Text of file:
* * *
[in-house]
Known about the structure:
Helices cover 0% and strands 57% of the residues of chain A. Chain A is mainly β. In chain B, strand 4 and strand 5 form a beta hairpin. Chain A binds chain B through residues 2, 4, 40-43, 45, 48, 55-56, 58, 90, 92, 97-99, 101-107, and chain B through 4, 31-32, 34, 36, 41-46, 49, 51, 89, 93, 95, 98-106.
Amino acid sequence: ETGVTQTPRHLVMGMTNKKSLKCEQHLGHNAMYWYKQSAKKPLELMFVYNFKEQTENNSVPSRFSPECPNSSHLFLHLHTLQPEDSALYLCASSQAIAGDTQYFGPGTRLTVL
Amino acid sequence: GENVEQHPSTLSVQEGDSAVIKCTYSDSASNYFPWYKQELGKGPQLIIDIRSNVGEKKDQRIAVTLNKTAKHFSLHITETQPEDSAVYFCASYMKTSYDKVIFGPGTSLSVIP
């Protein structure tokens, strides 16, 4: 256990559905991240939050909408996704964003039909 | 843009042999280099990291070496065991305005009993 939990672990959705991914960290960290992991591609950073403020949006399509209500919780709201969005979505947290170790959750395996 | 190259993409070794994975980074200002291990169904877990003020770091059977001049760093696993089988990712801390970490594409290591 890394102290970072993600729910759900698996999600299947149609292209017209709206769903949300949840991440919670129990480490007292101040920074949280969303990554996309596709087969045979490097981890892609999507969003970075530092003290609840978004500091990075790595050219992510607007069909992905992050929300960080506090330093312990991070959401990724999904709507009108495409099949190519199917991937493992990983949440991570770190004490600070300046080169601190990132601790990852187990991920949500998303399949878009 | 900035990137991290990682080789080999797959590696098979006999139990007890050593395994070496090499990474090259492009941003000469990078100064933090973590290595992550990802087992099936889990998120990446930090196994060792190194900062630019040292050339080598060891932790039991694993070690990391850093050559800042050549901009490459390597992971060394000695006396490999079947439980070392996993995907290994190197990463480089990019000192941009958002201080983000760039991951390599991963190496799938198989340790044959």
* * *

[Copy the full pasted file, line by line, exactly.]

[in-house]
Known about the structure:
Helices cover 0% and strands 57% of the residues of chain A. Chain A is mainly β. In chain B, strand 4 and strand 5 form a beta hairpin. Chain A binds chain B through residues 2, 4, 40-43, 45, 48, 55-56, 58, 90, 92, 97-99, 101-107, and chain B through 4, 31-32, 34, 36, 41-46, 49, 51, 89, 93, 95, 98-106.
Amino acid sequence: ETGVTQTPRHLVMGMTNKKSLKCEQHLGHNAMYWYKQSAKKPLELMFVYNFKEQTENNSVPSRFSPECPNSSHLFLHLHTLQPEDSALYLCASSQAIAGDTQYFGPGTRLTVL
Amino acid sequence: GENVEQHPSTLSVQEGDSAVIKCTYSDSASNYFPWYKQELGKGPQLIIDIRSNVGEKKDQRIAVTLNKTAKHFSLHITETQPEDSAVYFCASYMKTSYDKVIFGPGTSLSVIP
């Protein structure tokens, strides 16, 4: 256990559905991240939050909408996704964003039909 | 843009042999280099990291070496065991305005009993 939990672990959705991914960290960290992991591609950073403020949006399509209500919780709201969005979505947290170790959750395996 | 190259993409070794994975980074200002291990169904877990003020770091059977001049760093696993089988990712801390970490594409290591 890394102290970072993600729910759900698996999600299947149609292209017209709206769903949300949840991440919670129990480490007292101040920074949280969303990554996309596709087969045979490097981890892609999507969003970075530092003290609840978004500091990075790595050219992510607007069909992905992050929300960080506090330093312990991070959401990724999904709507009108495409099949190519199917991937493992990983949440991570770190004490600070300046080169601190990132601790990852187990991920949500998303399949878009 | 900035990137991290990682080789080999797959590696098979006999139990007890050593395994070496090499990474090259492009941003000469990078100064933090973590290595992550990802087992099936889990998120990446930090196994060792190194900062630019040292050339080598060891932790039991694993070690990391850093050559800042050549901009490459390597992971060394000695006396490999079947439980070392996993995907290994190197990463480089990019000192941009958002201080983000760039991951390599991963190496799938198989340790044959």